Colorado Gov. Jared Polis (D) announced yesterday that he signed an executive order to pardon 1,351 individuals who had been convicted of cannabis possession prior to the state’s historic legalization reforms in 2012.
“Adults can legally possess marijuana in Colorado, just as they can beer or wine. It’s unfair that 1,351 additional Coloradans had permanent blemishes on their record that interfered with employment, credit, and gun ownership, but today we have fixed that by pardoning their possession of small amounts of marijuana that occurred during the failed prohibition era.” — Gov. Polis, in a press release
The cannabis pardons covered state-level convictions for people who were caught possessing up to two ounces of cannabis, which coincided with an update to Colorado’s cannabis laws earlier this year that raised the legal purchasing and possession limit for adults from one to two ounces. The pardons do not cover people who were convicted of municipal cannabis crimes or people who were arrested — or issued a summons — for cannabis possession but who were not convicted.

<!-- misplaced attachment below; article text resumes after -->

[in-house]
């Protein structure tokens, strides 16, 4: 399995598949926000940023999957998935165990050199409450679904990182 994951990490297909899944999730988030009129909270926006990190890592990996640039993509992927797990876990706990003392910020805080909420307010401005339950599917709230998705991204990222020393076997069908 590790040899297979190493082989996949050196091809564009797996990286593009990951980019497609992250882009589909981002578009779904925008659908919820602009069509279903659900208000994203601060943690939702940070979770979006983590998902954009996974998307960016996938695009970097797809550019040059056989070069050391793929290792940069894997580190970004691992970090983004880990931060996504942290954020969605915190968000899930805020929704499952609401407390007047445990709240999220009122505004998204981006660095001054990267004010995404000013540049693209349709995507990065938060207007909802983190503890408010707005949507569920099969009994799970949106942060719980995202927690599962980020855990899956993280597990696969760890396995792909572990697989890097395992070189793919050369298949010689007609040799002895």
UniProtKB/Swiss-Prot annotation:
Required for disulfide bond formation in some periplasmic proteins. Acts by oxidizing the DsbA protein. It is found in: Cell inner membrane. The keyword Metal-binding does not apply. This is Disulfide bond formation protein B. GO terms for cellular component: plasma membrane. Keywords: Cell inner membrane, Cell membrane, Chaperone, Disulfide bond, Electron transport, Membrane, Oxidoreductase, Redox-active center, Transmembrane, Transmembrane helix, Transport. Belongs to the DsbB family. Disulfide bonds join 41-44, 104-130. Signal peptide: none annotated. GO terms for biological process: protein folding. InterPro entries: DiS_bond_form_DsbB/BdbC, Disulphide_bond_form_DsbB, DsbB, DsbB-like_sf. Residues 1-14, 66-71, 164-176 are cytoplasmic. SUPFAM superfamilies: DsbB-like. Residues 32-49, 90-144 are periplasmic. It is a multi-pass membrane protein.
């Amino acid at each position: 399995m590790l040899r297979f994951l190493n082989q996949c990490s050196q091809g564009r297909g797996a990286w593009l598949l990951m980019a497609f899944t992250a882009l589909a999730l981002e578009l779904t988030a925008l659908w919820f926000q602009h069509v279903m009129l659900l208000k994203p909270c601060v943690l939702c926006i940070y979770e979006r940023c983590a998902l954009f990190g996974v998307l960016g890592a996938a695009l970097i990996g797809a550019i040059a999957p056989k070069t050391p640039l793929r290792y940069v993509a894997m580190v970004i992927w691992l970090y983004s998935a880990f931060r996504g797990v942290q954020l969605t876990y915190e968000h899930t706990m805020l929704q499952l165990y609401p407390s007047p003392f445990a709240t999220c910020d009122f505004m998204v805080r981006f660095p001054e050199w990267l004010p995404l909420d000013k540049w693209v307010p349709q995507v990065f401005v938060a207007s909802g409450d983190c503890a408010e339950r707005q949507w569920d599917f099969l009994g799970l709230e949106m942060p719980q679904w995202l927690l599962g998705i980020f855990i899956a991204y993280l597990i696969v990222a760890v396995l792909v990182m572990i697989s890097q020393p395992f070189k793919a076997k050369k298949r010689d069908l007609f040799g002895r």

People who are unsure whether a conviction on their record was pardoned can request confirmation of a pardon through the Colorado Bureau of Investigations website, according to the release. If they receive a pardon, individuals who were once convicted of cannabis possession will no longer see the conviction on their criminal history through the state’s records checking system.
Colorado voters opted to legalize adult-use cannabis in 2012. The reforms took effect in 2014, making Colorado the first state to end cannabis prohibition.
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